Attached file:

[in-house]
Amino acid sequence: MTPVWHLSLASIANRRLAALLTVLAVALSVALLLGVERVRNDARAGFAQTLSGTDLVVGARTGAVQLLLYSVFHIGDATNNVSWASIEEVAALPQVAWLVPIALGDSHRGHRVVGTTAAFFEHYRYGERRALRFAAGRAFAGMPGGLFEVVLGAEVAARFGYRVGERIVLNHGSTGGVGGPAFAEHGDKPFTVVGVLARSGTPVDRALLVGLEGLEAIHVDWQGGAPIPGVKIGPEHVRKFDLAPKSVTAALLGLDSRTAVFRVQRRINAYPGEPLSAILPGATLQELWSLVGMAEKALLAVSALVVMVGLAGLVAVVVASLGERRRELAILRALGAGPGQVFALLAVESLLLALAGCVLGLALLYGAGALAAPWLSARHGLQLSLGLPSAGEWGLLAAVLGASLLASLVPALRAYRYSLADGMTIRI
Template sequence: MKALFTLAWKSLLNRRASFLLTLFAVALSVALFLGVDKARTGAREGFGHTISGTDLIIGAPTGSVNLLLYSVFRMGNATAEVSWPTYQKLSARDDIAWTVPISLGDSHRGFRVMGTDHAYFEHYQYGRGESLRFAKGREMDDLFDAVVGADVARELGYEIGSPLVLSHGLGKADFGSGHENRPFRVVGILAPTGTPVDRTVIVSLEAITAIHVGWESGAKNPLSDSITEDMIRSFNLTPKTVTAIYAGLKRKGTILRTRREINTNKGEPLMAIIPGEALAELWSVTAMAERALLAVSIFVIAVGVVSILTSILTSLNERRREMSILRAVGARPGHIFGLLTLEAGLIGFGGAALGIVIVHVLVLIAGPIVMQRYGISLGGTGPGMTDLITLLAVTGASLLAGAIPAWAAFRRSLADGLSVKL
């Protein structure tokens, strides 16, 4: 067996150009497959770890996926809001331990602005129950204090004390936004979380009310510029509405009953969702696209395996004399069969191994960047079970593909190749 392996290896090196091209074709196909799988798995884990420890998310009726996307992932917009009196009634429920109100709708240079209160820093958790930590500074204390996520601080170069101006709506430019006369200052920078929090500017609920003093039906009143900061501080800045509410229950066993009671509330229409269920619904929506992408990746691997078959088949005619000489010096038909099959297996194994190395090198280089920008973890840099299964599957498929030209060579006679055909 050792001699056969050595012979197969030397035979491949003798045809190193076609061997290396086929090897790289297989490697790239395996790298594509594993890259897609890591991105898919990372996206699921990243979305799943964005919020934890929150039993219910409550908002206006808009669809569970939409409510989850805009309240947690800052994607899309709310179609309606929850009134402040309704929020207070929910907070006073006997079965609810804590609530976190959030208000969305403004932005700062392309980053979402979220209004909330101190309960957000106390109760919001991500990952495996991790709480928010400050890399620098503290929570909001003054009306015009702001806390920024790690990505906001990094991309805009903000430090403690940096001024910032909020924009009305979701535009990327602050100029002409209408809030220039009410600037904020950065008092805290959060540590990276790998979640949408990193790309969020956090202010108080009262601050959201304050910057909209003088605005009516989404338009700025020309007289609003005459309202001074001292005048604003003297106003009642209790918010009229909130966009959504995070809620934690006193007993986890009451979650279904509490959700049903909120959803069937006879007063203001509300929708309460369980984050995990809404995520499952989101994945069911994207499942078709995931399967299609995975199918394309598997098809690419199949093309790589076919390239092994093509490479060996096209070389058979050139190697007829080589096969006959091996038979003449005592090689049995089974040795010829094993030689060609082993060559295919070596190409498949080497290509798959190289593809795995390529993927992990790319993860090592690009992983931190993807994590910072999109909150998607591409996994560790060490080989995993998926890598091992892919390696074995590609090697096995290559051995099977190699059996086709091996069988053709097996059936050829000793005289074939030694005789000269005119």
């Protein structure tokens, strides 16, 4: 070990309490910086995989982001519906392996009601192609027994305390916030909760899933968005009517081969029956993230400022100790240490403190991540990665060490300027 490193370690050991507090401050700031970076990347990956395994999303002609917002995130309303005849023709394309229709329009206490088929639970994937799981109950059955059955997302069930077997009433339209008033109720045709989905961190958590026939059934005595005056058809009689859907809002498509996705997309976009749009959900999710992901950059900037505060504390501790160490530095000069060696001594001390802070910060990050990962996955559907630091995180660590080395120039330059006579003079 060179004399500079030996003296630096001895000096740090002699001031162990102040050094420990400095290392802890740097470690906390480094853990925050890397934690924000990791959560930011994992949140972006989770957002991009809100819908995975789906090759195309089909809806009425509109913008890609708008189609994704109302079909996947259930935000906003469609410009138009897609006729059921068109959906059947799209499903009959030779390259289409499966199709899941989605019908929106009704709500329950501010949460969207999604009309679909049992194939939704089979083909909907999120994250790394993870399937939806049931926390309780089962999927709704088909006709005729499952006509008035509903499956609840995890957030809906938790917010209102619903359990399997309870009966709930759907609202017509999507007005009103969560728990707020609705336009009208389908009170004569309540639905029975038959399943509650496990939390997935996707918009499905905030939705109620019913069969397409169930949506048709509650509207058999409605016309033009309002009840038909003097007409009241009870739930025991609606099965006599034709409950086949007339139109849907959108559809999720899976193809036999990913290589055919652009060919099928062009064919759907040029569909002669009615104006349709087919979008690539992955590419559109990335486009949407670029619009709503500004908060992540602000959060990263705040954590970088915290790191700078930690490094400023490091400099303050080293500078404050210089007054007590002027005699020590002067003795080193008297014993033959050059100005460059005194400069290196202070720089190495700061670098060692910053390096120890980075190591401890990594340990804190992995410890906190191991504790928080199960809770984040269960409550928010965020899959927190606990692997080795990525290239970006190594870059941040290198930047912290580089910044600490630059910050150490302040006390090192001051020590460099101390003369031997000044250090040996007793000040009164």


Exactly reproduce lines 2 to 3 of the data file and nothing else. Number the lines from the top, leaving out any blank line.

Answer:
Amino acid sequence: MTPVWHLSLASIANRRLAALLTVLAVALSVALLLGVERVRNDARAGFAQTLSGTDLVVGARTGAVQLLLYSVFHIGDATNNVSWASIEEVAALPQVAWLVPIALGDSHRGHRVVGTTAAFFEHYRYGERRALRFAAGRAFAGMPGGLFEVVLGAEVAARFGYRVGERIVLNHGSTGGVGGPAFAEHGDKPFTVVGVLARSGTPVDRALLVGLEGLEAIHVDWQGGAPIPGVKIGPEHVRKFDLAPKSVTAALLGLDSRTAVFRVQRRINAYPGEPLSAILPGATLQELWSLVGMAEKALLAVSALVVMVGLAGLVAVVVASLGERRRELAILRALGAGPGQVFALLAVESLLLALAGCVLGLALLYGAGALAAPWLSARHGLQLSLGLPSAGEWGLLAAVLGASLLASLVPALRAYRYSLADGMTIRI
Template sequence: MKALFTLAWKSLLNRRASFLLTLFAVALSVALFLGVDKARTGAREGFGHTISGTDLIIGAPTGSVNLLLYSVFRMGNATAEVSWPTYQKLSARDDIAWTVPISLGDSHRGFRVMGTDHAYFEHYQYGRGESLRFAKGREMDDLFDAVVGADVARELGYEIGSPLVLSHGLGKADFGSGHENRPFRVVGILAPTGTPVDRTVIVSLEAITAIHVGWESGAKNPLSDSITEDMIRSFNLTPKTVTAIYAGLKRKGTILRTRREINTNKGEPLMAIIPGEALAELWSVTAMAERALLAVSIFVIAVGVVSILTSILTSLNERRREMSILRAVGARPGHIFGLLTLEAGLIGFGGAALGIVIVHVLVLIAGPIVMQRYGISLGGTGPGMTDLITLLAVTGASLLAGAIPAWAAFRRSLADGLSVKL